A successful interview is important and can even be a fun and exhilarating experience for both the journalist and the interviewee. But like anything else, practice makes perfect. Journalists worry about include getting questions, trying to be calm, and most importantly, trying to connect with a subject. Empathy May be the most important tool in your kit. Empathy is relating to and communicating with people based on things that appeal to them and can trigger their emotions.
As an insider, I have some tips to share with you, on how to establish a good connection with your interviewee to make the interview entertaining and fun.
Familiarity is what makes an interview interesting. And the best way to get familiar with someone whom you have, probably, not met until the interview day is to try to gather information about him/her. So, familiarity helps you to have a basis where conversations can be established. You don’t have to necessarily bear the load of the research. You can have one of your team members or an intern to do the background research. From this researched information, you can get choose something to work with.
Have a Conversation
Nervousness sets in when an interview becomes a ‘question and answer’ affair. It gets boring. You know, You: So, Jerry, what motivated to become an actor?” Jerry: Well, I was inspired by watching Harrison Ford act in the “Air Force One” movie, and I guess that did it.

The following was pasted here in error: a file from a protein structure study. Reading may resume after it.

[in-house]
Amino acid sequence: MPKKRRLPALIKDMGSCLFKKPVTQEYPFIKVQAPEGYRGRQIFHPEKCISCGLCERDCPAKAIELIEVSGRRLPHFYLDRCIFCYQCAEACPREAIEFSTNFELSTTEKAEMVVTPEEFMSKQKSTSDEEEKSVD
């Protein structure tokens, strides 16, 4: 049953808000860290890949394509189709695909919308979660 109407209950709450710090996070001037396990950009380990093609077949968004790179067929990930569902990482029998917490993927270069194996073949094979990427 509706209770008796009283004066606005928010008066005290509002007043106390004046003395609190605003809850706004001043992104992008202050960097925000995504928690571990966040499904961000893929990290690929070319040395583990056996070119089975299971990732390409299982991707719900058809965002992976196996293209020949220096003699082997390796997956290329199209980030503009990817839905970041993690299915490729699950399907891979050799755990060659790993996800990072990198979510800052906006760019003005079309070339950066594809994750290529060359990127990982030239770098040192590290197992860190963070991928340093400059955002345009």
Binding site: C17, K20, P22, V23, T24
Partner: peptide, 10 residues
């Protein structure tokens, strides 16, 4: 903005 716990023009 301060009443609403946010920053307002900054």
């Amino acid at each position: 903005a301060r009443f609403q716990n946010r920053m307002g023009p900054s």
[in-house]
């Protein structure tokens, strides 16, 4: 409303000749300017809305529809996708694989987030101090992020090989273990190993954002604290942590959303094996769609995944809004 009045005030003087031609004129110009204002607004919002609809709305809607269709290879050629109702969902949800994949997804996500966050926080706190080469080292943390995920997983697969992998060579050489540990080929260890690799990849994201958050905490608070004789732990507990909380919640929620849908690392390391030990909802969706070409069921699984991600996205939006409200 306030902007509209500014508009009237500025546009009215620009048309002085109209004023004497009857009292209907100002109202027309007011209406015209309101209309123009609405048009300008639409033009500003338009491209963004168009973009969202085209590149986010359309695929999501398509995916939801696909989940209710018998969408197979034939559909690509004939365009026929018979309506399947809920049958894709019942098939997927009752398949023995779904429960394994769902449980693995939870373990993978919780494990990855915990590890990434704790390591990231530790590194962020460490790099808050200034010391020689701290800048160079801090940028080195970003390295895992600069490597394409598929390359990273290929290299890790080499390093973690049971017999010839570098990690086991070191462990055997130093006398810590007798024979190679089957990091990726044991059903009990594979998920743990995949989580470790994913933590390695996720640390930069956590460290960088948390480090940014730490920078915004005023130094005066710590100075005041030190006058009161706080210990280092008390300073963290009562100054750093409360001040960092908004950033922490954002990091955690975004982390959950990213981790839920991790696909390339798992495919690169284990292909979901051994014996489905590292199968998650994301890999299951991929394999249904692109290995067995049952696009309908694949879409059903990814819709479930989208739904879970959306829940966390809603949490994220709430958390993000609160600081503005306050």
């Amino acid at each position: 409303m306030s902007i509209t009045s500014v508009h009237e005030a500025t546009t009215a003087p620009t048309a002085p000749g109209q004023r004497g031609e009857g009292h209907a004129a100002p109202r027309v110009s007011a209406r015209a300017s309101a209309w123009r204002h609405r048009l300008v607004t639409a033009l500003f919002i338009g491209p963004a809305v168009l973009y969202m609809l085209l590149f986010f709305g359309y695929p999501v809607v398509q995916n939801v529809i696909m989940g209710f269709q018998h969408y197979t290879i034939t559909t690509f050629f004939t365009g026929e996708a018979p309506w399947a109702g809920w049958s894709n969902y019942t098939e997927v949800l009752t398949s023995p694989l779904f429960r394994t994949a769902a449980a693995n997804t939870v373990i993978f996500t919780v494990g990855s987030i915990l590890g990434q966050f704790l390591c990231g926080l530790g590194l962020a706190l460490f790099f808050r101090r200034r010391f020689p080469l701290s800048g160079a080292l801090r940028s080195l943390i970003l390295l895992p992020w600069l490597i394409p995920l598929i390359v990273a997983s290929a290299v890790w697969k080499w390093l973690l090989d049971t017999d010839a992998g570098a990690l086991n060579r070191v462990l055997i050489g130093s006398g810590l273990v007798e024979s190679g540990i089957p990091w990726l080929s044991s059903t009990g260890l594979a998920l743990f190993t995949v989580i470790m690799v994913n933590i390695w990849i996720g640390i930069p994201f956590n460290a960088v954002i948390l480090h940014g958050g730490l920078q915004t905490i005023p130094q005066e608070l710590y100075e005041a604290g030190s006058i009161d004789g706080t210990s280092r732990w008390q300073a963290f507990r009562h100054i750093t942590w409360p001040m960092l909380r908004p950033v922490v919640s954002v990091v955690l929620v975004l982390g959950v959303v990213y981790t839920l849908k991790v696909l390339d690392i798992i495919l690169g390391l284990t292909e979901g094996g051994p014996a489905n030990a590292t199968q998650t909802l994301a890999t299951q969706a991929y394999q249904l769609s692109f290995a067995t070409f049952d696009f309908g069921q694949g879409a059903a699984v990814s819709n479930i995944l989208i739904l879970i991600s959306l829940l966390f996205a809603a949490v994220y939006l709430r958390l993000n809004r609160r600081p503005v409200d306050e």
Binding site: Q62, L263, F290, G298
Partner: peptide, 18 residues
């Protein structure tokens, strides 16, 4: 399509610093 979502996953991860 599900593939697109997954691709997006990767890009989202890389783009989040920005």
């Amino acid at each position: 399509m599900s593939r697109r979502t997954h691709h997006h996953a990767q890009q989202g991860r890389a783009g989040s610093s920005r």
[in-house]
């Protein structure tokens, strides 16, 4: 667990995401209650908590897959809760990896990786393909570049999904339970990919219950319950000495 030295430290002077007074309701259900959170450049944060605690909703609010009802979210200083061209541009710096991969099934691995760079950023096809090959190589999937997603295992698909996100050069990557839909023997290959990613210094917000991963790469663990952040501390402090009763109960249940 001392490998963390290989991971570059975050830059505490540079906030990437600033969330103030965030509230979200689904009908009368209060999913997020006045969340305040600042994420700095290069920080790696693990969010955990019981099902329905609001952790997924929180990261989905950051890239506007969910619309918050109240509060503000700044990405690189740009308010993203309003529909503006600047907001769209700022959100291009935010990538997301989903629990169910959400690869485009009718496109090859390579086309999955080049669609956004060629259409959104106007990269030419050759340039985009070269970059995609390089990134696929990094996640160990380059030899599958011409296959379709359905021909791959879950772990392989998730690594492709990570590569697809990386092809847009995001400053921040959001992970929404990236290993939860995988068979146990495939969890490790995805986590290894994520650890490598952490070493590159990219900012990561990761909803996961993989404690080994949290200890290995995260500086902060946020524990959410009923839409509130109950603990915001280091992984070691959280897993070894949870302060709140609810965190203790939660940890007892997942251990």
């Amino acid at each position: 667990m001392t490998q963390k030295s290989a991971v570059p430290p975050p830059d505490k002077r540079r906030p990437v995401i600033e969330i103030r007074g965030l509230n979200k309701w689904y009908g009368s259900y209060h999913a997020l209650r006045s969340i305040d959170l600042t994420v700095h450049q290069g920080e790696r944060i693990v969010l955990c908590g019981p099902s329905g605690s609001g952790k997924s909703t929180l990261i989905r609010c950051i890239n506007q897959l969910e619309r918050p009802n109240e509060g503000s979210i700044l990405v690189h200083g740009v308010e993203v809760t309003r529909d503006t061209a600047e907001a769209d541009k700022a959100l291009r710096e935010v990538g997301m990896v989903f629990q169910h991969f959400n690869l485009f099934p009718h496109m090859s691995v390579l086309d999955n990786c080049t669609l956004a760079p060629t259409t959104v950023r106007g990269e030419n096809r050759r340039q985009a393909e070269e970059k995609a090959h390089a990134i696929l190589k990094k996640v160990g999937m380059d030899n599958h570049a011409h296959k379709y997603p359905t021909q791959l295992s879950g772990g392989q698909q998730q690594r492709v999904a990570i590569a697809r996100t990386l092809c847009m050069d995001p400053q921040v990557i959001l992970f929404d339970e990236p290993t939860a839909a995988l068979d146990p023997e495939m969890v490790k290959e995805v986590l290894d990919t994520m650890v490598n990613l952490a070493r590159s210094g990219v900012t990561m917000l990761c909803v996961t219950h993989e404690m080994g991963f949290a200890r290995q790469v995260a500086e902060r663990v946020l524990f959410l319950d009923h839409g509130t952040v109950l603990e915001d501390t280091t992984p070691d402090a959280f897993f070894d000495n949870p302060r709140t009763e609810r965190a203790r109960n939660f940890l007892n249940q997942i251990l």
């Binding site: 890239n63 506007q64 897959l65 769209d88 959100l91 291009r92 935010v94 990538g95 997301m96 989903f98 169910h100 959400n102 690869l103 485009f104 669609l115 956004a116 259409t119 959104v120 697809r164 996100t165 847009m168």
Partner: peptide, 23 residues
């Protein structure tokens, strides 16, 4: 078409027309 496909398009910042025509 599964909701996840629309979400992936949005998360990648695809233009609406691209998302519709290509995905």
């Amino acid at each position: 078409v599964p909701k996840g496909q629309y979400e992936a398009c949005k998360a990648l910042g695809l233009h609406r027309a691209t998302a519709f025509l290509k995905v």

You can spice up a conversation with, “Hi, Jerry! It is good to have you here. Knowing you appear so much on screen and sometimes the dexterity with which you pull your stunts, actions and gesture are astonishing. I can’t help imagining you when you were starting out. Could you share your experience with us, what it was like, deciding and getting started to be an actor?” Jerry would of course try to give you a flow of emotion. He might mention something that he hadn’t probably visited in his past, in a long time.
Conversation opens up the flow. It makes your audience see the mind of your guest, answering some questions you wouldn’t ask, but your audience might need the answers to.
Don’t be rigid; be flexible with questioning
It is good to make a list of the things to ask, however, it might kill creativity. When you have asked a question and your guest answers interestingly, with depths and scopes that might be strange, you should learn to flow, asking questions in the line that was veered to, for clarity sake. Following this pattern relaxes your guest. Making a list is good, however, following intuition, sequence and the storyline of your guest is better. Rigidity with a set of questions can make the interview look robotic and routine. To excel with flexibility, you have to be a good listener.
Flirt with Curiosity
Of all the qualities of an interviewer, curiosity is the most compelling skill that lets the subject keep speaking. Curiosity is the strength of a conversation. It is what stirs the other party to keep talking, making them feel important. While being curious, also make sure to be creative and sincere. Show your interest in knowing them, really. Don’t rush them with questions.
Own a Smile
Smiling solves a lot of problems. It shows a warm reception, reduces tension and it makes your guest feel comfortable around you. Don’t wear a smile as though it is part of your professional etiquette; own it and flaunt it. Research has proven, that people who smile look likable, competent and courteous. In addition, smiling helps you set the mood of your stage, beyond what the light, cameras and flashes can do for you. I bet that you would want the best from your guests and would want them to feel settled in and carefree to talk around you. So, don’t just wear a smile; own it and flaunt it!